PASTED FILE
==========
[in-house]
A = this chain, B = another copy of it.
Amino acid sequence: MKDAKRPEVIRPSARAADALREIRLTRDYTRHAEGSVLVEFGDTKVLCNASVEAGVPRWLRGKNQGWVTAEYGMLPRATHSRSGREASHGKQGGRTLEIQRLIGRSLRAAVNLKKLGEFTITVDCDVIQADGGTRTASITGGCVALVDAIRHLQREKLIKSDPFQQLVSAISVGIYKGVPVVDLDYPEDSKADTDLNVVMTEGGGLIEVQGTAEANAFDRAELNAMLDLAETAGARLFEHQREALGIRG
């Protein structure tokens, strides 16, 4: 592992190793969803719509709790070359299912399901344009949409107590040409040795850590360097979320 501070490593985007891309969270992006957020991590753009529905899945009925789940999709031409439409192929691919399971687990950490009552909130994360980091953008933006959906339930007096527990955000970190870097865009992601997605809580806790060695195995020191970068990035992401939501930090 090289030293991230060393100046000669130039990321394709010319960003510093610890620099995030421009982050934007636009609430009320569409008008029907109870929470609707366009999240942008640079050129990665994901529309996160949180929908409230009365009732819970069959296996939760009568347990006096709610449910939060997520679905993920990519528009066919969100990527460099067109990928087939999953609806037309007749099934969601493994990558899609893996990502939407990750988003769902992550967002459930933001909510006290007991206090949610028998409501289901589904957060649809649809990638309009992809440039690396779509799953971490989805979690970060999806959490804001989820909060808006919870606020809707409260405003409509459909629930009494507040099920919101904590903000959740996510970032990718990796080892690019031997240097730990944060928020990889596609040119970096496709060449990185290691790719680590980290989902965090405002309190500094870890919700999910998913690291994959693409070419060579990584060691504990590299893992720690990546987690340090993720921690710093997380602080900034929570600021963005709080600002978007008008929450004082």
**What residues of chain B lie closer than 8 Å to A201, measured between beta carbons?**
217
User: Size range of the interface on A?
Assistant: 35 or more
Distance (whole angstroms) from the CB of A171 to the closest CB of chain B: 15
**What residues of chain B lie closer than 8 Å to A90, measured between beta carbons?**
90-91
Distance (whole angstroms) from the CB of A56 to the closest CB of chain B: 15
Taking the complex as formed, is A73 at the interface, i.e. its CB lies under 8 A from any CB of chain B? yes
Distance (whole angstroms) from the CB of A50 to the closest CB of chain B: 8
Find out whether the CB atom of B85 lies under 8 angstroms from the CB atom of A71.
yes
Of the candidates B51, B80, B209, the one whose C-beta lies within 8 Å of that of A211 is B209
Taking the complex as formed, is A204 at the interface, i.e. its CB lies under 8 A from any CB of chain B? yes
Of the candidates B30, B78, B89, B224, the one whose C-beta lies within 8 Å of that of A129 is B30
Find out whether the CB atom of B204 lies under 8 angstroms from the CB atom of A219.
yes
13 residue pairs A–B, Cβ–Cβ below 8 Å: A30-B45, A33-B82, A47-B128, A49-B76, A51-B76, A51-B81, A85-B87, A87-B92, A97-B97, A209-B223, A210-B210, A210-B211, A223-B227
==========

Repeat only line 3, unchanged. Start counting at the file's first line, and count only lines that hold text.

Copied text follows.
Amino acid sequence: MKDAKRPEVIRPSARAADALREIRLTRDYTRHAEGSVLVEFGDTKVLCNASVEAGVPRWLRGKNQGWVTAEYGMLPRATHSRSGREASHGKQGGRTLEIQRLIGRSLRAAVNLKKLGEFTITVDCDVIQADGGTRTASITGGCVALVDAIRHLQREKLIKSDPFQQLVSAISVGIYKGVPVVDLDYPEDSKADTDLNVVMTEGGGLIEVQGTAEANAFDRAELNAMLDLAETAGARLFEHQREALGIRG